Adaptability Training System Helps Space Travelers Return

The Adaptability Training System is a new system to help astronauts return to earth in better condition. The device was created by Researchers from NASA Johnson Space Center Neurosciences Laboratory and National Space Biomedical Research Institute


( Adaptability Training System )

Called an Adaptability Training System, the treadmill has a projection screen in front of it that shows an image of a room or hallway that moves as the user walks. Disturbances are simulated by tilting the treadmill in one direction as the image is tilted in another. “At first, people find it difficult to walk on the treadmill since its movement and images are out of sync. But over time, they learn to walk on it efficiently. We call this concept ‘learning to learn,’” said Bloomberg, who is the associate team leader of NSBRI’s Sensorimotor Adaptation Team and a senior research scientist at NASA.

In addition to maximizing training efficiency, Bloomberg is looking at how long the benefit of the adaptability training lasts. Once subjects master the treadmill, they come back periodically for testing to see how well they perform. He is investigating if subjects can retain the training for up to six months, which would allow the training to take place before a long space mission.

Another goal of the researchers is to integrate a version of the system into the treadmill on a spacecraft, allowing astronauts to perform adaptability training on long missions. Integration would save space and power, both precious commodities on a spacecraft.

Science fiction fans have had their imagination excercised by writers like Murray Leinster, who wrote about a gravity-simulator harness in his 1953 novel Space Tug:

"When we got back," Joe told Brown, "we were practically invalids. No exercise up here. This time we've brought some harness to wear. We've some for you, too..."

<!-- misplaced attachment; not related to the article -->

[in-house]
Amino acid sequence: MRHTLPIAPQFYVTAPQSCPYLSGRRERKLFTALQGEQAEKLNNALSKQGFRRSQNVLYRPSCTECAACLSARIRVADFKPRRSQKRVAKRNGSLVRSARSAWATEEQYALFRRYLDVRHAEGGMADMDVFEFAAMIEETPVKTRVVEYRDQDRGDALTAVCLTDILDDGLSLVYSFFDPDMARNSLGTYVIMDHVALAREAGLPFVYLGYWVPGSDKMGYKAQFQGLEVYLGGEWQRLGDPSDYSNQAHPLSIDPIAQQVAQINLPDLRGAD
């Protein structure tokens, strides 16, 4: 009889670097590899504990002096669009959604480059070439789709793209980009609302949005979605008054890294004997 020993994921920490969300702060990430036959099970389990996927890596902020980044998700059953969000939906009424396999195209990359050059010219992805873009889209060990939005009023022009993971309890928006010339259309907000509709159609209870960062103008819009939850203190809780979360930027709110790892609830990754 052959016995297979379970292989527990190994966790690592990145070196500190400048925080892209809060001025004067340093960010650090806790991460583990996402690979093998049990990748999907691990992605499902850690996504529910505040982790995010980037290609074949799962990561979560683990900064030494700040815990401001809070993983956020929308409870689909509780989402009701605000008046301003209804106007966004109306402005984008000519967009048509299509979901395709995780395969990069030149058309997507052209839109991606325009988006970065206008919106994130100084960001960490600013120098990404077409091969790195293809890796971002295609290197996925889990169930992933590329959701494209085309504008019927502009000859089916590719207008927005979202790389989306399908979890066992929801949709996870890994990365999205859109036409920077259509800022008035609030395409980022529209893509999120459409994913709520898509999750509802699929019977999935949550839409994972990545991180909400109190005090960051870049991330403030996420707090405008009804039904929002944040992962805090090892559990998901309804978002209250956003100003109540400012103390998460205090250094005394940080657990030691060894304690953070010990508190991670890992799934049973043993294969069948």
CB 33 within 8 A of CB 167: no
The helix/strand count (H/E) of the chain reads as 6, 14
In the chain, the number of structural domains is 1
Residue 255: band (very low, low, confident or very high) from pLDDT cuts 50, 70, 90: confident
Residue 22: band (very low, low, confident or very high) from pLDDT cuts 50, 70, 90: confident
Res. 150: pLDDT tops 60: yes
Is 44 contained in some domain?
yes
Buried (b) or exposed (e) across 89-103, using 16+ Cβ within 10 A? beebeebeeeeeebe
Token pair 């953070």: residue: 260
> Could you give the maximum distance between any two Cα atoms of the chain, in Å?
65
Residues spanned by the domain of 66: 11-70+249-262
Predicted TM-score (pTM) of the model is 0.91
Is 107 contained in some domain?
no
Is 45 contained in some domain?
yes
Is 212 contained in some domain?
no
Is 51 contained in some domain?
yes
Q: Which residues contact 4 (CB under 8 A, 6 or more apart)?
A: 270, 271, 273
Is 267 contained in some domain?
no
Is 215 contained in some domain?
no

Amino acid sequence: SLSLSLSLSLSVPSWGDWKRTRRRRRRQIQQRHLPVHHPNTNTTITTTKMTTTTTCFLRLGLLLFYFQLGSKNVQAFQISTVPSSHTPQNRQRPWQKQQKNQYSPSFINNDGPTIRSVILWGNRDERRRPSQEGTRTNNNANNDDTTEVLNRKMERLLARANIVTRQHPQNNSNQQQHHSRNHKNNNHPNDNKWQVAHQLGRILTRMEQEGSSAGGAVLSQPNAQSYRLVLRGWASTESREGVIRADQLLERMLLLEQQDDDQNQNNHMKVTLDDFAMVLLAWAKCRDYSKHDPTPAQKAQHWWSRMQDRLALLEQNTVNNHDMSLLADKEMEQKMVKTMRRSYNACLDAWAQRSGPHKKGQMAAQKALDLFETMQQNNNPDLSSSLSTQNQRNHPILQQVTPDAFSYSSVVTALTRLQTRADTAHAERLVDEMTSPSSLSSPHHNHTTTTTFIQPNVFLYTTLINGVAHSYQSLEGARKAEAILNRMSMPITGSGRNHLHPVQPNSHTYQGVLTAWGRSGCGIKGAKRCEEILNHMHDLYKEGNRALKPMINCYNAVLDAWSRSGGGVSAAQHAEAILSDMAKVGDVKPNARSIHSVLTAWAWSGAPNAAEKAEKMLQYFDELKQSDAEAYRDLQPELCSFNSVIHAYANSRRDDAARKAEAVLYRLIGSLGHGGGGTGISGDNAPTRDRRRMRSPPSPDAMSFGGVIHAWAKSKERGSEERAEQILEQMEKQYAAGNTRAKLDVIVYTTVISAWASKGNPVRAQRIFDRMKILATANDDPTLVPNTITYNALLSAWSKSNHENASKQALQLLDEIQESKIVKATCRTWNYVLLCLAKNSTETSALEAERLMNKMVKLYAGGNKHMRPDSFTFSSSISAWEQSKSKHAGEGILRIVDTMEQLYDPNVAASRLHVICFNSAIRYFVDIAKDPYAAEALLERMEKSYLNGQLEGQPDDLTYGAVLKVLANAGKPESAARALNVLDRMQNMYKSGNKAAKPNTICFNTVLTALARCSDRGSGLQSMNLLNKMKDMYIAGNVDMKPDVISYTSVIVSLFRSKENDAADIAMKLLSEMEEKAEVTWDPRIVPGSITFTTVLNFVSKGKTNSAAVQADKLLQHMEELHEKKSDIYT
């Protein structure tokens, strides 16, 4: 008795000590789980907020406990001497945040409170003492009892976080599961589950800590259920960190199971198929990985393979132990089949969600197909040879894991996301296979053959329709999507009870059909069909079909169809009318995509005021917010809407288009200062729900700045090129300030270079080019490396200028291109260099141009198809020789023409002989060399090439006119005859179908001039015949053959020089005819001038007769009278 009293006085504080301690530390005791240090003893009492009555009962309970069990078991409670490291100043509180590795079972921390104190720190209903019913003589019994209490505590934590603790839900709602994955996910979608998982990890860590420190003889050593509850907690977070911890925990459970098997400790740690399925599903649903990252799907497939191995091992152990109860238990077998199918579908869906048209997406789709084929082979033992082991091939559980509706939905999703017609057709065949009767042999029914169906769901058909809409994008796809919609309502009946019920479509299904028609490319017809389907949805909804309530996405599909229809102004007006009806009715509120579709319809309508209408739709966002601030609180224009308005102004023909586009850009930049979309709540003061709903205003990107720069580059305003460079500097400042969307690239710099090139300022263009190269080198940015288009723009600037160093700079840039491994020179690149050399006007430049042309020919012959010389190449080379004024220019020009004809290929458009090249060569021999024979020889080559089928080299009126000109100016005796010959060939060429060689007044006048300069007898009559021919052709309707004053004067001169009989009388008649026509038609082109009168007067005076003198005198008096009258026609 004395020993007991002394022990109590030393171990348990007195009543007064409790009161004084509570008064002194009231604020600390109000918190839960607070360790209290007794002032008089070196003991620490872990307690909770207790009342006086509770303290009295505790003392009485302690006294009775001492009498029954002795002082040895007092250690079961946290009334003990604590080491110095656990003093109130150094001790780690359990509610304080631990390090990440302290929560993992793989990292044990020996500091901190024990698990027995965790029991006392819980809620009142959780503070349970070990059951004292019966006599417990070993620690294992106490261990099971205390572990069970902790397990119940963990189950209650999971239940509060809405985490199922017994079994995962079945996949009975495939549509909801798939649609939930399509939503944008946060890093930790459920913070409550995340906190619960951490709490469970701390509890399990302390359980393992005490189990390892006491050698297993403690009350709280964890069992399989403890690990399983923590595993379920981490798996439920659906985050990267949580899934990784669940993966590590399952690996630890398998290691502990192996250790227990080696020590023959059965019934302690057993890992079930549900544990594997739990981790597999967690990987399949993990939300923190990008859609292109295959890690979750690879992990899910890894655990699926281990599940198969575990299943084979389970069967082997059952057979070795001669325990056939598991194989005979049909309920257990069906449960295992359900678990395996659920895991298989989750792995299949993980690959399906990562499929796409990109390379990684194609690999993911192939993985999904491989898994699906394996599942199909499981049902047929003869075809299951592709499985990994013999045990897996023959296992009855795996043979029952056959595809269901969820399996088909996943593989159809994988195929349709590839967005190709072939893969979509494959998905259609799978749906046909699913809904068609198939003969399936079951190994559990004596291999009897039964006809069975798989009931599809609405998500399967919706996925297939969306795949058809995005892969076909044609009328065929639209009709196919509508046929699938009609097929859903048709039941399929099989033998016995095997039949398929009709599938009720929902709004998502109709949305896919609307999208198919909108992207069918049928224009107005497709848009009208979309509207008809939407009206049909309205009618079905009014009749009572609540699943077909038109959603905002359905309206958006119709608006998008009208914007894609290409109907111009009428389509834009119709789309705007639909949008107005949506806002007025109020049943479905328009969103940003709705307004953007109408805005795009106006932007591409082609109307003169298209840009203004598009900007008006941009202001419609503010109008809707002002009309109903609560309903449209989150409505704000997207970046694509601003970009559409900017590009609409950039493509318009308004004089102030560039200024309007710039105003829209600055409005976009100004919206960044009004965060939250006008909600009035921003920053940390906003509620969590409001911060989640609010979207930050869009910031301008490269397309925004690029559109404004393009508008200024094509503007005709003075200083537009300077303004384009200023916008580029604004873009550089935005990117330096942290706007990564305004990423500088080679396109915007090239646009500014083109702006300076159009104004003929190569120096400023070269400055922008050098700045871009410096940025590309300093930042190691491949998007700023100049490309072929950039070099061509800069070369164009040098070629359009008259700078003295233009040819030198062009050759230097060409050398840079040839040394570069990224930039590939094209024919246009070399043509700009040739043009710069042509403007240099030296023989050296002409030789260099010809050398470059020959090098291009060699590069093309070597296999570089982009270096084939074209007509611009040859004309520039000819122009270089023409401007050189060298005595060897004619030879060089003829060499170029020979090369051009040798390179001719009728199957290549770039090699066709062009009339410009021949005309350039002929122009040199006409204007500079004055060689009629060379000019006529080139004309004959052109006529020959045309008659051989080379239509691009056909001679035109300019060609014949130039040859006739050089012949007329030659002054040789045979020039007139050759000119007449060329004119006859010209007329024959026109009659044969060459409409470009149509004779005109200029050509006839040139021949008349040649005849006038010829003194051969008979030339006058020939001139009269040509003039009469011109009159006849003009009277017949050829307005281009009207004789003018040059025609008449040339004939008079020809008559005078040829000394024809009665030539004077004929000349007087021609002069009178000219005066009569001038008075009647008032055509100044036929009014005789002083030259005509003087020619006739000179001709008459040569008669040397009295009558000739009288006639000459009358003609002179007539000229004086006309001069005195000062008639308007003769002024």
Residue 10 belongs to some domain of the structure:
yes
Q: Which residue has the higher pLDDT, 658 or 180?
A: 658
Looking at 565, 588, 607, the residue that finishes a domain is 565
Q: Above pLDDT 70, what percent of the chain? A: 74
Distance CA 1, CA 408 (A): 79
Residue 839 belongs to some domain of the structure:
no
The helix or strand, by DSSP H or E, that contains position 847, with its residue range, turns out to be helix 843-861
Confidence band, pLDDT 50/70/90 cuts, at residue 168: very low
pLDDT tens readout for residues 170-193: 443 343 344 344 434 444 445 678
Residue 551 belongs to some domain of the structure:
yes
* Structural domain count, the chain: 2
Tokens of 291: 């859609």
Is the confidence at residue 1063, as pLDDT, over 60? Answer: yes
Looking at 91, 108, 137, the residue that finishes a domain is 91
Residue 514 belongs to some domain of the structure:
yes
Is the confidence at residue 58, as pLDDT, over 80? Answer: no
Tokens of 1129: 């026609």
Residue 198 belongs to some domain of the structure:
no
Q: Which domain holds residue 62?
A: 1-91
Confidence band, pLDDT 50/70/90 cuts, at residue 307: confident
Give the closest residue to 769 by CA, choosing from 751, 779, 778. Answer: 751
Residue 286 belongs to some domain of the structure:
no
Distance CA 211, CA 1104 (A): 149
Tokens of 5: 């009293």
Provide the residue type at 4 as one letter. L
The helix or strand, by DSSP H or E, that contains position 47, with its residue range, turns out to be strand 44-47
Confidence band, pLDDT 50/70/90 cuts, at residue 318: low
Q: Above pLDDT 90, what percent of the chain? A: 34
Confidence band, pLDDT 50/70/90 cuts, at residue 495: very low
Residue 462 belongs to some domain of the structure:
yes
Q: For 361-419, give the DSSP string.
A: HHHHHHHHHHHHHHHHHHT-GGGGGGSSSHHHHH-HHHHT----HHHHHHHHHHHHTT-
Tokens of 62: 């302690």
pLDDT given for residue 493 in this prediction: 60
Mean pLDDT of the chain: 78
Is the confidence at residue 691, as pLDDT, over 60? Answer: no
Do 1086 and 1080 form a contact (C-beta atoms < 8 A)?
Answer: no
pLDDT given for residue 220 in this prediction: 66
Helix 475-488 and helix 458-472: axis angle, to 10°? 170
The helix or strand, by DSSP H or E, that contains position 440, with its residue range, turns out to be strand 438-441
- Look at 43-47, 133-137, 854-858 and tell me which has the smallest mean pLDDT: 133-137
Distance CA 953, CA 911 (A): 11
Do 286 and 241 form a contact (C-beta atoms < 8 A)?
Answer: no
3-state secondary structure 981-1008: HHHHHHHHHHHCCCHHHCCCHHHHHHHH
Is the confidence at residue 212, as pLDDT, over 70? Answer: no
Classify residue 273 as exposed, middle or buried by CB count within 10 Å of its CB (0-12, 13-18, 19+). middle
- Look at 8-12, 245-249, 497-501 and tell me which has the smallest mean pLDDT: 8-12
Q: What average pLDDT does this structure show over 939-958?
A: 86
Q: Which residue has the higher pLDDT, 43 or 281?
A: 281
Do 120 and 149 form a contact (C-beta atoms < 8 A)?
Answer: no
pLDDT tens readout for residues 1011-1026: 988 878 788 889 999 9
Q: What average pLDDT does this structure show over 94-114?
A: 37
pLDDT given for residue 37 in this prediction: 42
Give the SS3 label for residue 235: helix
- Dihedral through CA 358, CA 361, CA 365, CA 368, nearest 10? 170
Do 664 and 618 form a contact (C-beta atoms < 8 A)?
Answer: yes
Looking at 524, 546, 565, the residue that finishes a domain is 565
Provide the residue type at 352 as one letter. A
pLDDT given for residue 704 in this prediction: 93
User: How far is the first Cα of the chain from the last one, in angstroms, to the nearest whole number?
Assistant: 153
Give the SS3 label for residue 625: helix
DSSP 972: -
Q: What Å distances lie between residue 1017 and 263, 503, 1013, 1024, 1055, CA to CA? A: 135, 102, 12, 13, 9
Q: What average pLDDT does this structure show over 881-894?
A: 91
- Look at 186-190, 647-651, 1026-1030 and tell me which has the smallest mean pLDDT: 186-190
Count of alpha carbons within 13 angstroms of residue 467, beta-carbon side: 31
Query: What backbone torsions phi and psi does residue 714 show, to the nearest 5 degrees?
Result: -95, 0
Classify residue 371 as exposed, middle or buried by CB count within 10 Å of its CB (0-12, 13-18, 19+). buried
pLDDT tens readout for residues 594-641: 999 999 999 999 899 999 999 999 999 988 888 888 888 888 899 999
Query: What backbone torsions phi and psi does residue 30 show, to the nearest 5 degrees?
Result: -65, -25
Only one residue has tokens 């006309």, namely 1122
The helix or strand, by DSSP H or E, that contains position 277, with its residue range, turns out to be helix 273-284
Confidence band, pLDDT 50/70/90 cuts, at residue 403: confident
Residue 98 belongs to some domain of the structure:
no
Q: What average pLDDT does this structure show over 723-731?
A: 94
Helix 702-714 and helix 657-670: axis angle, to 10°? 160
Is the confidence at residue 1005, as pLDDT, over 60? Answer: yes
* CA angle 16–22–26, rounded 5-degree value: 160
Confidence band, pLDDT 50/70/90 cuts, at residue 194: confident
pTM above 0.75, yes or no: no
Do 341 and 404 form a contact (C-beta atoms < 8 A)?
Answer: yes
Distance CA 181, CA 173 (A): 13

Joe got out the gravity-simulator harnesses. He showed Brent how they worked. Brown hadn't official instructions to order their use, but Joe put one on himself, set for full Earth-gravity simulation.

He couldn't imitate actual gravity, of course. Only the effect of gravity on one's muscles. There were springs and elastic webbing pulling one's shoulders and feet together, so that it was as much effort to stand extended—with one's legs straight out—as to stand upright on Earth. Joe felt better with a pull on his body. (Read more about Leinster's gravity-simulator harness )

From NSBRI press release via MedGadget.

Scroll down for more stories in the same category. (Story submitted 12/17/2009)

Follow this kind of news @Technovelgy.

| Email | RSS | Blog It | Stumble | del.icio.us | Digg | Reddit |

Would you like to contribute a story tip? It's easy:
Get the URL of the story, and the related sf author, and add it here.

Comment/Join discussion ( 0 )

Related News Stories - (" Space Tech ")

Yes, But Do Astrobees Have Lasers For Lightsaber Training?